The area suffers from great economic, social and educational disparities. The following article will explore the link between gender equality, women and nutrition in enhancing the nutritional status and health of women, as well as that of generations to come.


A woman’s biology greatly differs from that of a man: she, from her own nutritional reserves, is responsible for the co-creation of a new life. During menstruation, a woman requires a greater intake of iron than a man. And during pregnancy and breastfeeding, a woman’s nutritional intake and needs will grow to cater for two bodies.
Not meeting such needs will result in vitamin and mineral deficiencies, impaired methylation, hormonal imbalances, non-optimal detoxification process and pathways, weakened immune system, cognitive and physical weakness, lethargy, mood swings, mental illness, gut dysbiosis, intestinal permeability, skin diseases, chronic infections and inflammation, reproductive system and conception delays, still-birth, birth complications, child-death. In time, the woman may develop chronic diseases.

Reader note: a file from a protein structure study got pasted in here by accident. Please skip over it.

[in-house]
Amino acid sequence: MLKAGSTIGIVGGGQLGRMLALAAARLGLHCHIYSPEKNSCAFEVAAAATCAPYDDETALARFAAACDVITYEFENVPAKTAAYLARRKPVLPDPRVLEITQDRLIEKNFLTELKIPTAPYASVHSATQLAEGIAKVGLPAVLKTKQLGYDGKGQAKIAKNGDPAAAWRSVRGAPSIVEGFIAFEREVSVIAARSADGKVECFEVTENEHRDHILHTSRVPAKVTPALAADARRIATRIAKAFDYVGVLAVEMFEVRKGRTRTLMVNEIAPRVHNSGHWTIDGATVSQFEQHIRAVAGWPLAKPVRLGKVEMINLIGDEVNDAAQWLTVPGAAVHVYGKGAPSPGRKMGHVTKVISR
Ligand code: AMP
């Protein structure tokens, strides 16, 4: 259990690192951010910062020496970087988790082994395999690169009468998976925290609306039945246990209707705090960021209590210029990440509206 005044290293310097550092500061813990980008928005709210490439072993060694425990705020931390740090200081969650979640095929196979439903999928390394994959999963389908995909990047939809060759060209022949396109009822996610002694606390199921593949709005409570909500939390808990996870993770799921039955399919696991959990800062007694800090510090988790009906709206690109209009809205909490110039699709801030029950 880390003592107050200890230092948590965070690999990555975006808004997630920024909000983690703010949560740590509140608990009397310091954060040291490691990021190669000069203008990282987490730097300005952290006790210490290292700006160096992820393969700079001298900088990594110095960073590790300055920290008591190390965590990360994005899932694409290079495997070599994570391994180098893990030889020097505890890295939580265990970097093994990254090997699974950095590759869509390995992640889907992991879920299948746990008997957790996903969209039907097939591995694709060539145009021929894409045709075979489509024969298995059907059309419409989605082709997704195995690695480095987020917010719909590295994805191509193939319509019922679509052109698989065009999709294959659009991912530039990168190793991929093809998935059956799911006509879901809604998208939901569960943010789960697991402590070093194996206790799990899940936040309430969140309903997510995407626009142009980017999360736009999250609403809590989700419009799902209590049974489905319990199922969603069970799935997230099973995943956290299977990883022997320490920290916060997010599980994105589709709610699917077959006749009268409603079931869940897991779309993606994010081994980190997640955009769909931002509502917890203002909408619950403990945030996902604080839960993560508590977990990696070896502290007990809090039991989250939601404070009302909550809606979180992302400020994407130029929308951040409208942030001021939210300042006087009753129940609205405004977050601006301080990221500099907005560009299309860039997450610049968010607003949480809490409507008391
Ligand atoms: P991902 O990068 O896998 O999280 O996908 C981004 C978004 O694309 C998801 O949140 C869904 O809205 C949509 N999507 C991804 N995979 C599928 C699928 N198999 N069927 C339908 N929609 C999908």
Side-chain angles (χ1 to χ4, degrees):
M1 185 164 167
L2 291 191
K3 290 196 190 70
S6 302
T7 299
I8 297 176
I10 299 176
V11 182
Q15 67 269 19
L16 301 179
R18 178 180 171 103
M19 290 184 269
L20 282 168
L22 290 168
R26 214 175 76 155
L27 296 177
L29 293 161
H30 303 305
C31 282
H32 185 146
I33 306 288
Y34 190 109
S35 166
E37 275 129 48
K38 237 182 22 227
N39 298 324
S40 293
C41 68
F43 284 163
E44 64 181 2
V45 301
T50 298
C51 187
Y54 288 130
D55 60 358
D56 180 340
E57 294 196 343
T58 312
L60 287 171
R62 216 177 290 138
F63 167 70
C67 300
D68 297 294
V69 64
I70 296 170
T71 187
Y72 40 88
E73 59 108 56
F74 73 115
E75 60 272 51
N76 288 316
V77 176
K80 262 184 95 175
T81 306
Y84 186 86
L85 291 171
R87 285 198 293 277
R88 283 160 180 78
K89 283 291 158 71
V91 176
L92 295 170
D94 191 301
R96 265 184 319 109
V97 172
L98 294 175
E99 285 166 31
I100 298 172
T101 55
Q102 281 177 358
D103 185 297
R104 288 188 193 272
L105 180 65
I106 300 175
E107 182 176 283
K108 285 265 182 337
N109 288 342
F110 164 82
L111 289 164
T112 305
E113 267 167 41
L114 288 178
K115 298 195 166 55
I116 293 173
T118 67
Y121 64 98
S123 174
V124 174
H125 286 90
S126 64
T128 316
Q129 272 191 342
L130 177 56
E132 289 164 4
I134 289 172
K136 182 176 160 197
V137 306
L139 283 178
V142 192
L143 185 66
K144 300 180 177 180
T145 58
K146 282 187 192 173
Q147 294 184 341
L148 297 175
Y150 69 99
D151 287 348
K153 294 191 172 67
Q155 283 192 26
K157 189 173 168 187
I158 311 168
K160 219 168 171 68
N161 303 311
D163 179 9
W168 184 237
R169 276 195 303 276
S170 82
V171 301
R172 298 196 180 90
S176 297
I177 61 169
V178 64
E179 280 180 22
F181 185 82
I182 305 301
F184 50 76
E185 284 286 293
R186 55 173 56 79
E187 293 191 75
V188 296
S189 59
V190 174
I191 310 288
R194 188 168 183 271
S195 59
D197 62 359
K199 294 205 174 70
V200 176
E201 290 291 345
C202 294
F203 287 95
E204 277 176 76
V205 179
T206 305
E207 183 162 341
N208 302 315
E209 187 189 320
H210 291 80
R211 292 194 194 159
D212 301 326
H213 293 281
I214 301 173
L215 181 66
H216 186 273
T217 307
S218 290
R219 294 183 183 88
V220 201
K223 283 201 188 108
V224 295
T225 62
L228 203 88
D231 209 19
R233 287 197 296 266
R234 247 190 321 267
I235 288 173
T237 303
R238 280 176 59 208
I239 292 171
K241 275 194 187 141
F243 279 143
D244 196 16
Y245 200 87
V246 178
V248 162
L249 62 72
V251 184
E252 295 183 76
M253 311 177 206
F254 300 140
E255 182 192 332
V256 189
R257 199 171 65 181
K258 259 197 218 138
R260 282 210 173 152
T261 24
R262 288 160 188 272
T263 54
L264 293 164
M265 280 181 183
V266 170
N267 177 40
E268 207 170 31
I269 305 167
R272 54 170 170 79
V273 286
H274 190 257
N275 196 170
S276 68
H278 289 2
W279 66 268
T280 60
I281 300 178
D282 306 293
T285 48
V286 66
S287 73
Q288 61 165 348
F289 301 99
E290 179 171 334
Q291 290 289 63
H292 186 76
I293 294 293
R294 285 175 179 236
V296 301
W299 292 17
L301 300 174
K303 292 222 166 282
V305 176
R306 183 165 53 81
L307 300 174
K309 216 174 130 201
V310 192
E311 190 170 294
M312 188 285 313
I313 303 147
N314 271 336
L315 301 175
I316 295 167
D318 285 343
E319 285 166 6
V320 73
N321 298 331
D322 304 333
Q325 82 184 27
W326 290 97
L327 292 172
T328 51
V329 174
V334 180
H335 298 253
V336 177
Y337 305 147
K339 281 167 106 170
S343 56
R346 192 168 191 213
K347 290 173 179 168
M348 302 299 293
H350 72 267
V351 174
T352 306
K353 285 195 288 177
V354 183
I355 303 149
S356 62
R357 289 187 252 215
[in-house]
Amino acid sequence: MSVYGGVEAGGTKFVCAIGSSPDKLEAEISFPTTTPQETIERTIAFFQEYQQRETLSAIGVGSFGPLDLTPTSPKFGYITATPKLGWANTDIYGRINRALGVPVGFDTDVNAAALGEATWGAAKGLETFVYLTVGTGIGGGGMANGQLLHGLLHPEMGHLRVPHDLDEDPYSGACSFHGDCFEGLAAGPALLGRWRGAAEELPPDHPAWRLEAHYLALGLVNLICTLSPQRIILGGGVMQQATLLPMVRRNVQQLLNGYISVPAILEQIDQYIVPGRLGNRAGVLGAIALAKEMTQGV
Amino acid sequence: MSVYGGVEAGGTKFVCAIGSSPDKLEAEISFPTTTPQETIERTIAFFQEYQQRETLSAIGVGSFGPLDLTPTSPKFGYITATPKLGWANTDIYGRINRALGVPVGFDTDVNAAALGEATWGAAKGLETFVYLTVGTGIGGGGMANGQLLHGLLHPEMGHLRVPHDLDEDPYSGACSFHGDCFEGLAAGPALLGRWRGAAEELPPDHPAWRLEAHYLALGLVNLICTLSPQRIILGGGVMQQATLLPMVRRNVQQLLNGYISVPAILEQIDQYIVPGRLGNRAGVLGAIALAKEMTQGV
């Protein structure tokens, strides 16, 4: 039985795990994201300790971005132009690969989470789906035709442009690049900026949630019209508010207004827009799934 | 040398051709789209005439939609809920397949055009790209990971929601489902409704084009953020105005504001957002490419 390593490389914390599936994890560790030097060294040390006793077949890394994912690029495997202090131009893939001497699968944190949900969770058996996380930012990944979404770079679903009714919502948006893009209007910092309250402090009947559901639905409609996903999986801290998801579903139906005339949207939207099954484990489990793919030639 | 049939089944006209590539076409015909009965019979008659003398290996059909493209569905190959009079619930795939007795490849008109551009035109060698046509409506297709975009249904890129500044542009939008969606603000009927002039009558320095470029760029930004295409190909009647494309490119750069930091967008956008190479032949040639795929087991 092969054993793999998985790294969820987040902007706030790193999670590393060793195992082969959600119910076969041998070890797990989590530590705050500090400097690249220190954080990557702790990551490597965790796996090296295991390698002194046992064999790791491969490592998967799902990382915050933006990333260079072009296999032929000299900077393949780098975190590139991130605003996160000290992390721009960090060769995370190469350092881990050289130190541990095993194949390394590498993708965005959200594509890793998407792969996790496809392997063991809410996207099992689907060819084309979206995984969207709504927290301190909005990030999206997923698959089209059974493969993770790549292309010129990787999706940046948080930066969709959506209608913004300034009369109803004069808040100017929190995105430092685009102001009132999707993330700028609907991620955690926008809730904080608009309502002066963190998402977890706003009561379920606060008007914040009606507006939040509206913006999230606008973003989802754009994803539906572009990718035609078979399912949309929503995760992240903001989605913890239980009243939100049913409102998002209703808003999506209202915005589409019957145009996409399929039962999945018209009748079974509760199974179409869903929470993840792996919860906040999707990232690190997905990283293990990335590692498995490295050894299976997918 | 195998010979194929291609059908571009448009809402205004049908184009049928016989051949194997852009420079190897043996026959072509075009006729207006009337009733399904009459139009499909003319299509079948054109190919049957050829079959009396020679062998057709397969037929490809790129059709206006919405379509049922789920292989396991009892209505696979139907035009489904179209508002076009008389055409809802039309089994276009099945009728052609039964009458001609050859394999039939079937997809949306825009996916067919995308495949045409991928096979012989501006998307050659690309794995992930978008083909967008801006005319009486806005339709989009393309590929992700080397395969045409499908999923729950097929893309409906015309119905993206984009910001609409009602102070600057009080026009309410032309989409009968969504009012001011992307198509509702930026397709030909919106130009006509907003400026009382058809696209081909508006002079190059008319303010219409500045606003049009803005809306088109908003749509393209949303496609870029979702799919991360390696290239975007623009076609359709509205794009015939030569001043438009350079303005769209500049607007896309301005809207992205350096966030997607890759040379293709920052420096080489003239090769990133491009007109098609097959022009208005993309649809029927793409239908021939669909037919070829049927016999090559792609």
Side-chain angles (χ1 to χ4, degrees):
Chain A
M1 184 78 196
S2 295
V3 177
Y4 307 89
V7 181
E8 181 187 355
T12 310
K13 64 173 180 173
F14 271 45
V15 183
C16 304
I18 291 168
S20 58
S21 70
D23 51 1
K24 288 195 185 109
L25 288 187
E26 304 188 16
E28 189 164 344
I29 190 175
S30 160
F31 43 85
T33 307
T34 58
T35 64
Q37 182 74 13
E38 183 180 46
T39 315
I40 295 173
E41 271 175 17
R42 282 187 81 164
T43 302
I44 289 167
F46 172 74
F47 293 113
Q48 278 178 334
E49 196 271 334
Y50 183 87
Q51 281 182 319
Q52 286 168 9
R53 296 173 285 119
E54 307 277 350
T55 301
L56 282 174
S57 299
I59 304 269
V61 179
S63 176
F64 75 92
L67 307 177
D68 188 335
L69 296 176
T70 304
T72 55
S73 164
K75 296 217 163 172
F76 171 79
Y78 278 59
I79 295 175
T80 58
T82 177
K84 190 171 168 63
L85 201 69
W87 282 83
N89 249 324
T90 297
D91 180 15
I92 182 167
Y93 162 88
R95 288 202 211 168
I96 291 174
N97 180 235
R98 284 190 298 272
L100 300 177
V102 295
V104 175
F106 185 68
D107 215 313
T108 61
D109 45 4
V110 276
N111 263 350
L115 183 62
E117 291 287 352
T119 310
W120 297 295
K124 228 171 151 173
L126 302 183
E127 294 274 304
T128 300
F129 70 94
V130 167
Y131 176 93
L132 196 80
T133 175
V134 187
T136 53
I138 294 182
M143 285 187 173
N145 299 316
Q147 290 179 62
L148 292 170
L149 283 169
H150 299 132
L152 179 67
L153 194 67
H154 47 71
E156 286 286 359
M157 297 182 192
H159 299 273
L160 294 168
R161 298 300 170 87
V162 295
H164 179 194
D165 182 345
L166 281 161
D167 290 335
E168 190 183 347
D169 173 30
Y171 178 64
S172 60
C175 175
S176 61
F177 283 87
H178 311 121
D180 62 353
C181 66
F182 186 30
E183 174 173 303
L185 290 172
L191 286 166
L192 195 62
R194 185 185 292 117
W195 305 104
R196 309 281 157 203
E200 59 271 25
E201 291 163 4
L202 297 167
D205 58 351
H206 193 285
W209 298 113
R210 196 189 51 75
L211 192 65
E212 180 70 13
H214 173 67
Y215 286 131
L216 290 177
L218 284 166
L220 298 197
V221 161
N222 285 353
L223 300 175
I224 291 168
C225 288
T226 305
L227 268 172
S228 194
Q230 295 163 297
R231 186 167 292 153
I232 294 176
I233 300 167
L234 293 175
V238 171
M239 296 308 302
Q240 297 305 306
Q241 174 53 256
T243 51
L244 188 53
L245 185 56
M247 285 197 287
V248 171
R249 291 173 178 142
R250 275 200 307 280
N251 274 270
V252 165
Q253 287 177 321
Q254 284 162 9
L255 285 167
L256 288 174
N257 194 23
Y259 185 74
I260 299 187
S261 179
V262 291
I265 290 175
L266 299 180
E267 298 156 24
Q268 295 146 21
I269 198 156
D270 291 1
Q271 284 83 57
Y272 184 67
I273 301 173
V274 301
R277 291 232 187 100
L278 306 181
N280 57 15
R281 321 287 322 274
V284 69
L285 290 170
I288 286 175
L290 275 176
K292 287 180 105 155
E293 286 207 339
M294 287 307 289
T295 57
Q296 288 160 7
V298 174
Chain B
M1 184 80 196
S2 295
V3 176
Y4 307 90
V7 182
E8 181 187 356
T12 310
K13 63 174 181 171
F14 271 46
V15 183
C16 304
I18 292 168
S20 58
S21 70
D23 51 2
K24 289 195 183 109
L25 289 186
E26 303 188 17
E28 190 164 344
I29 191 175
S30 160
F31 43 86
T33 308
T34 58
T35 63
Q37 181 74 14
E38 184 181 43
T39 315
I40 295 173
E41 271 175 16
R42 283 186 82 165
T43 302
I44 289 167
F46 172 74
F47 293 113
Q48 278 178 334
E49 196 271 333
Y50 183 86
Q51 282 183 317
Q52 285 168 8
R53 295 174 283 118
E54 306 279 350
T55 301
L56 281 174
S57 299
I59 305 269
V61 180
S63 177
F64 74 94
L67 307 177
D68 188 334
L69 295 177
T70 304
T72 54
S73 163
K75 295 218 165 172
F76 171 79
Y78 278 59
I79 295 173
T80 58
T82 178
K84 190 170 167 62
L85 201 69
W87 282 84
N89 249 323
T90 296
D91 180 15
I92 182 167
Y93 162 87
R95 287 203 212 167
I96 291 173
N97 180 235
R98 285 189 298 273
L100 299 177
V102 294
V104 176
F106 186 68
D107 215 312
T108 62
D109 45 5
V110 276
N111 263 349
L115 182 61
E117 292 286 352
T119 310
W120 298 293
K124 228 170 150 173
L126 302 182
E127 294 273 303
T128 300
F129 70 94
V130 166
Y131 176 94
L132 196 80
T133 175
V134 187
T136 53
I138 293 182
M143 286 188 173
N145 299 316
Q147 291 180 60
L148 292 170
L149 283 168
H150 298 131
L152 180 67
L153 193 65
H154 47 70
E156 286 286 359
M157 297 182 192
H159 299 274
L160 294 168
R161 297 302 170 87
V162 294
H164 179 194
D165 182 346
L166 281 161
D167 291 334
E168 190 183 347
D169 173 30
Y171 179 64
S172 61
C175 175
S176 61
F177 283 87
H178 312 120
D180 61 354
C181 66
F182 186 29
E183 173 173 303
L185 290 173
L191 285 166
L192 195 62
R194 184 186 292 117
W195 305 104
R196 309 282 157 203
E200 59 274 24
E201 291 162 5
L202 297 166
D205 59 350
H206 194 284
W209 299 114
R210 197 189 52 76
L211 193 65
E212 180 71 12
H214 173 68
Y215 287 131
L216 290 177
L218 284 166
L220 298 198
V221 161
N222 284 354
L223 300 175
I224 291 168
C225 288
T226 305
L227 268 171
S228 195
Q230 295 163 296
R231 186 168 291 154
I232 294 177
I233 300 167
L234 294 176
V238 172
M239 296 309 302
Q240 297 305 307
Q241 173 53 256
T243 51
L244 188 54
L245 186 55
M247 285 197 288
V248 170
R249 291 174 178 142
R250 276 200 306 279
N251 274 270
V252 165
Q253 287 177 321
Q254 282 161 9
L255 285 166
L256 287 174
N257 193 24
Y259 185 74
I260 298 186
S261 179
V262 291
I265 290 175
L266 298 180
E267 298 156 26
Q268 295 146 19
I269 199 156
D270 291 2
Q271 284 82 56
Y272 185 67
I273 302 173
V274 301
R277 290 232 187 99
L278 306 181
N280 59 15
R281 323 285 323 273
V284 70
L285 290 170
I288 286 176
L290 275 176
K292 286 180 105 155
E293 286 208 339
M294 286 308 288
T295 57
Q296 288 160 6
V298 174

Gender inequality can be at play in this dilemma, mainly on the level of education, poverty, economic empowerment, and discrimination. A woman suffering from gender inequality might not have access to formal or informal education. This might lead to illiteracy and make her vulnerable to abuse, exploitation, and bad decision-making. Educated and cultured people can seek answers for their questions and are better equipped to make well-thought and planned decisions. For instance, a woman that knows languages and has digital literacy can research and become more knowledgeable on topics related to healthcare, nutrition and healthy lifestyles. A lack of an education can also lead to poverty, since it obstructs a woman’s job and business opportunities. Poverty and discrimination, on the other hand, will prevent a woman from having a healthy and balanced diet and may eventually push her into early marriage as a way to escape her current reality.


The role of women in society is trans-generational; starting before conception and continuing post-partum. Before and during conception, the intra-uterine environment health status, nutritional reserve, and toxic load of a mother will impact the fetus’ development, genetic disposition and risk of obesity and other non-communicable diseases. NCDs account for 74% of all deaths in the MENA region .